One of The greatest commentators of all time, Rashi (Harav Shlomo Yitzchaki – (1040-1105 France) raises this question and turns to a Midrashic interpretation. Rashi explains that the word “Raishit” is always found in the construct state in the Torah. In other words, not only does the vowel “Bi” testify to this but the word “Biraishit” itself is always used in the construct grammatical form. Rashi does add that if you want to understand this verse on the pshat level – meaning the simple understanding of the text, you have no choice but to explain the verse in the construct form and add the missing noun. This means that we must understand the verse as in the beginning of creation, G-D created the heavens and earth… This teaches us that we must not understand this verse as teaching us the order of creation. Instead, we must understand it as a general statement at the time of the creation of the heavens and earth. This he proves from the next verse that mentions that G-D’s spirit hovered over the face of the water. This means that water was already created before the earth. Although, the Torah did not mention when water was created. In addition, the heavens in Hebrew are called (shamayim/ (שמים – a combination of two Hebrew words fire (Esh/ (אש and water מים)/ Mayim) again showing that water and fire already existed. Because of this difficulty, Rashi says the verse demands a Midrashic level of interpretation. According to the Midrash, “Biraishit” means that G-D created the world for the sake of the Torah and for the sake of Israel. This is based on the fact that in Hebrew grammar the “shvah” under the “Beit” means with. Using this interpretation of the verse we should understand the verse as saying – with the beginning in mind -G-D created the Heavens and earth. In other words, with the Torah and Israel in mind G-D created the world. The Midrash proves this by showing how the Torah and Israel are called the beginning. If we look in Proverbs 8:22 “Hashem made me as the beginning of His way, the first of His works of old” This verse is referring to the Torah which was created first. The word in this verse that refers to the Torah is (Reishit/ (ראשית the same word that opens the first word of the Torah. In Jerimiah 2:3 it says “Israel is holy to Hashem, the first of His Harvest, all that devour him shall be found guilty and evil will come upon them says Hashem” Again, in this verse in Hebrew the word for first is (Reishit/ (ראשית the same word that opens the Torah. The Midrash is teaching us that Hashem created the world for the sake of the Torah and Israel. This I mentioned before comes from the fact that the (Bi/ from the word “Biraishit” means with – with the Torah and Israel in mind G-D created the word.

The first question that comes to mind is – what about all the other creations of the universe? Aren’t they important as well? The answer is of course – yes, Hashem loves all of mankind. However, without the Torah and the people of Israel the world cannot reach perfection. The Divine plan would remain unachieved. This stems from the fact that Hashem created the world to bestow his love and kindness upon mankind – this will happen when the light of the Divine is revealed to the world. This can only be attained by following the guidance of the Torah through its true teachers – those that received Torah on Sinai – the nation of Israel!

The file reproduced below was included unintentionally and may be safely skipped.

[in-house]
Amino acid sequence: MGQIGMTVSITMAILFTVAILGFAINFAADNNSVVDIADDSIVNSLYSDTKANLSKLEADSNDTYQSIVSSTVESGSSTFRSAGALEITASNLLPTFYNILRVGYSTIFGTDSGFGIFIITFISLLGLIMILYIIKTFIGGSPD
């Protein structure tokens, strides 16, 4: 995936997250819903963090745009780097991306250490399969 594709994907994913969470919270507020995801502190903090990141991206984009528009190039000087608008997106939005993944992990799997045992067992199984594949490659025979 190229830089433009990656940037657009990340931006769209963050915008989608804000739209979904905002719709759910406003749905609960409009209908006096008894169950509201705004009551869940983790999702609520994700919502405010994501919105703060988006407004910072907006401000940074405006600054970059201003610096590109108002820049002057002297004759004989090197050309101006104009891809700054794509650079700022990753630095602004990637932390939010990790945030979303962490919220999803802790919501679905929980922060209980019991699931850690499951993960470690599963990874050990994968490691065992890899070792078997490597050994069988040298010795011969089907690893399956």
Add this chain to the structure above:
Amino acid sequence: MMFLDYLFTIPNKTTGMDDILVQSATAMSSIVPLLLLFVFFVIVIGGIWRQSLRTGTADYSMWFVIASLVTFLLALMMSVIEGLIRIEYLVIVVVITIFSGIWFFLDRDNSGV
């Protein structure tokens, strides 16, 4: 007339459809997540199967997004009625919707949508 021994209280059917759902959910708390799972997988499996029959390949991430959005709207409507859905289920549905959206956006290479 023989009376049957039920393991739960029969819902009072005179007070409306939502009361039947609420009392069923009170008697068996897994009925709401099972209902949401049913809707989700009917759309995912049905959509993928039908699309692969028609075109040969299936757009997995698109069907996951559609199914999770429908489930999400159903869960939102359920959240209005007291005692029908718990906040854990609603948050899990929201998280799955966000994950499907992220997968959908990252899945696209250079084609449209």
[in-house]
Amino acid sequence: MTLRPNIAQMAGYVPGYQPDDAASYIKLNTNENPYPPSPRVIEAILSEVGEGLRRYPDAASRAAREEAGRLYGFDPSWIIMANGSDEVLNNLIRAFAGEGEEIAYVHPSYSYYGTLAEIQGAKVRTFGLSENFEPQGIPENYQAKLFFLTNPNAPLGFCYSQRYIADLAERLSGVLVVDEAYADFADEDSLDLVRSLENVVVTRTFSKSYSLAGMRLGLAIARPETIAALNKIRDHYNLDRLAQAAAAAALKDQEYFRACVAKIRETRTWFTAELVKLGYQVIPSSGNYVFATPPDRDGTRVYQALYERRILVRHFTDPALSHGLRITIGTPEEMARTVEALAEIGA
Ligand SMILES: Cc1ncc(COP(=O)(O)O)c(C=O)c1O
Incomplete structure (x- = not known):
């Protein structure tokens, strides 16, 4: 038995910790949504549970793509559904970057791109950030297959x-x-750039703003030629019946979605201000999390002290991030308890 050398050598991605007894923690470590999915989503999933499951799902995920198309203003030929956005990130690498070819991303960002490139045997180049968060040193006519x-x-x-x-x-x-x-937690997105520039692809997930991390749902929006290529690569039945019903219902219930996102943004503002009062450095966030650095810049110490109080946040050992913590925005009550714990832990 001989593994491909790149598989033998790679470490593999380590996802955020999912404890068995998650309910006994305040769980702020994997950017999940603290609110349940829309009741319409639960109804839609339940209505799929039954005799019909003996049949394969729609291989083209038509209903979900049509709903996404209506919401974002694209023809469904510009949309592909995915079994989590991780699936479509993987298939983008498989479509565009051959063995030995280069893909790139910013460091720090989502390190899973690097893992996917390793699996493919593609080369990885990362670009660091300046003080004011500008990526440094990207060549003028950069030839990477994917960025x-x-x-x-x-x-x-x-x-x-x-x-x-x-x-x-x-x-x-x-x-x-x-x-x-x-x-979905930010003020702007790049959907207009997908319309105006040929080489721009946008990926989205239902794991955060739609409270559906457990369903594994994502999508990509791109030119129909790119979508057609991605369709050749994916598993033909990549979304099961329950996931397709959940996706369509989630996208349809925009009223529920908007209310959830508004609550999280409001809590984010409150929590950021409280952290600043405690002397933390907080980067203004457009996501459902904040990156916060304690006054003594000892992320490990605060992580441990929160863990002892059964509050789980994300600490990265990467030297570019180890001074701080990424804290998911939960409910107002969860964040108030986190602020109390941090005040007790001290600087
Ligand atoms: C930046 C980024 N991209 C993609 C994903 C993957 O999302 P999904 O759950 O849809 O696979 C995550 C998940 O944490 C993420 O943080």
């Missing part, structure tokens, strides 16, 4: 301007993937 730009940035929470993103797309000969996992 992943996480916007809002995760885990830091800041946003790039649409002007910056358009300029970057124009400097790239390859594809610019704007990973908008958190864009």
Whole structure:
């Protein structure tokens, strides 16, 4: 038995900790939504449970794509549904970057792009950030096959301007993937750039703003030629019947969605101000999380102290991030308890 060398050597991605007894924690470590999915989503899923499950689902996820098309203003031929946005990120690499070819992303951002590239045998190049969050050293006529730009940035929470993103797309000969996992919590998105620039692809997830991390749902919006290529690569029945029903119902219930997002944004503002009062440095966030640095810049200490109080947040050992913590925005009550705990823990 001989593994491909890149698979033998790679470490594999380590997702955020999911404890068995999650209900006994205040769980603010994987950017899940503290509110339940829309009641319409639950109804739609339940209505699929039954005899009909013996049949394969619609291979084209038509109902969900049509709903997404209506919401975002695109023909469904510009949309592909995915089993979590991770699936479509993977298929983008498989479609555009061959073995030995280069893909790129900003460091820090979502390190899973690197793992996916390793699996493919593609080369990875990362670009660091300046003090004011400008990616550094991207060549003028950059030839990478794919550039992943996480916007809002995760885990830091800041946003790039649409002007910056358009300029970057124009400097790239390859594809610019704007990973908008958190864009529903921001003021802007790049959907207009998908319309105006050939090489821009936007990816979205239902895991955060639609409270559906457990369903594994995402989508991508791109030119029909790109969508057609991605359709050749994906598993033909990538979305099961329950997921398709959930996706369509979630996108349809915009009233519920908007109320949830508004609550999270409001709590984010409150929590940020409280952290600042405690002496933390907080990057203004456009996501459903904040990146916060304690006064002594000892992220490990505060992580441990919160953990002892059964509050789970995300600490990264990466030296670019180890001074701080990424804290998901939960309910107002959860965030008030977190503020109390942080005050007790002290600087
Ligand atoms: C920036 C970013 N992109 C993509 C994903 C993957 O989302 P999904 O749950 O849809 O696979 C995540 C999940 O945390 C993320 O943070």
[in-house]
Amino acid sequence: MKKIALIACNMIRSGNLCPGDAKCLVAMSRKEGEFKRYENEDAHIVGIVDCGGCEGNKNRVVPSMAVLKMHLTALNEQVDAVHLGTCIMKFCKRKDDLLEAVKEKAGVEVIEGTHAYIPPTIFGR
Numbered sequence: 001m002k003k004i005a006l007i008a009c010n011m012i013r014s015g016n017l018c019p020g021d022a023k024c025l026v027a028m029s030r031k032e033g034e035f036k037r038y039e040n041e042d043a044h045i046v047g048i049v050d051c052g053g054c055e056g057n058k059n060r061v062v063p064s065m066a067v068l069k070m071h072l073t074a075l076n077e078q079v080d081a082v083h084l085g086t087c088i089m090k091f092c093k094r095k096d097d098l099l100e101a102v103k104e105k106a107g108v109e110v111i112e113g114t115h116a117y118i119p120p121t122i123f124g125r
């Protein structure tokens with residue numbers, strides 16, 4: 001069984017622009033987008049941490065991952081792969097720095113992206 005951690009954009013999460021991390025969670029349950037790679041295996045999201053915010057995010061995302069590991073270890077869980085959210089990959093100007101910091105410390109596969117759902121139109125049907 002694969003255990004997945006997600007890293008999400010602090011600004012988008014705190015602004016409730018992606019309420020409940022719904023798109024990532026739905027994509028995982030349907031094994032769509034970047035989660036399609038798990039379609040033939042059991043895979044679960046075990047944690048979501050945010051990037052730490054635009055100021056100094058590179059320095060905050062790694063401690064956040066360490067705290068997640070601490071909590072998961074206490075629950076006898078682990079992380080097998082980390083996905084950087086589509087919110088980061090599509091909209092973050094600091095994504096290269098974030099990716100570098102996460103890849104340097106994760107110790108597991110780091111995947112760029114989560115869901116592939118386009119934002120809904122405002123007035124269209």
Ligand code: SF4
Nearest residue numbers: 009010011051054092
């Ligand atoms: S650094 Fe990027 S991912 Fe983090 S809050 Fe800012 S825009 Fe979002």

This idea is amazingly hinted to in the Hebrew word (Beraishit/ (בראשית. It has the same letters as the first part of the word Israel and the word Torah – בישרא – ת. The amazing thing is that the only missing letter for the complete word for Israel is the (Lamed/ ל )this we find at the last word of the Torah that is Israel and ends with lamed. Showing so clearly that with Israel and the Torah Hashem created the world. It also has the letters of (Brit and Esh/ ברית אש) meaning the covenant of fire. It is well known that the Torah refers to the covenant of fire. In addition, Israel is the nation of the (Brit/ (ברית the covenant. Rabbi Hirsh explains that the next word (Barah/ברא) meaning created is close to other Hebrew words like (Barah (ברח/ – to run away), (Parach/פרח) – to flower, (Parah(פרע -to reveal. The roots of these words all mean to bring into fruition. Setting free that which is chained down. In Aramaic the word “Barah” means outside. In other words, creating refers to bringing out something that was hidden within the depths of Divine Will. This plan is all outlined in the Torah and brought and set free by the people of Israel who must bring G-D’s light to the world. Like a gorgeous flower that when its bud blossoms the beauty hidden within becomes revealed to all.

In this difficult time here in Israel – more than ever we have to pray and work hard in order to reveal the beautiful goal of creation through the study and living a life of Torah. Only then we will see an end to this bloodshed and violence. The word Beraishit has the same letters as ראש בית meaning the head of the house. This hints to what is going on the Temple Mount. The site of the house of Hashem. When the Temple will be rebuilt on the Mountain and the word of the Torah will be sounded from the walls of thus holy site by the house of Israel – only then will the world reach true salvation.

Shabbat Shalom Rabbi Moshe Goldsmith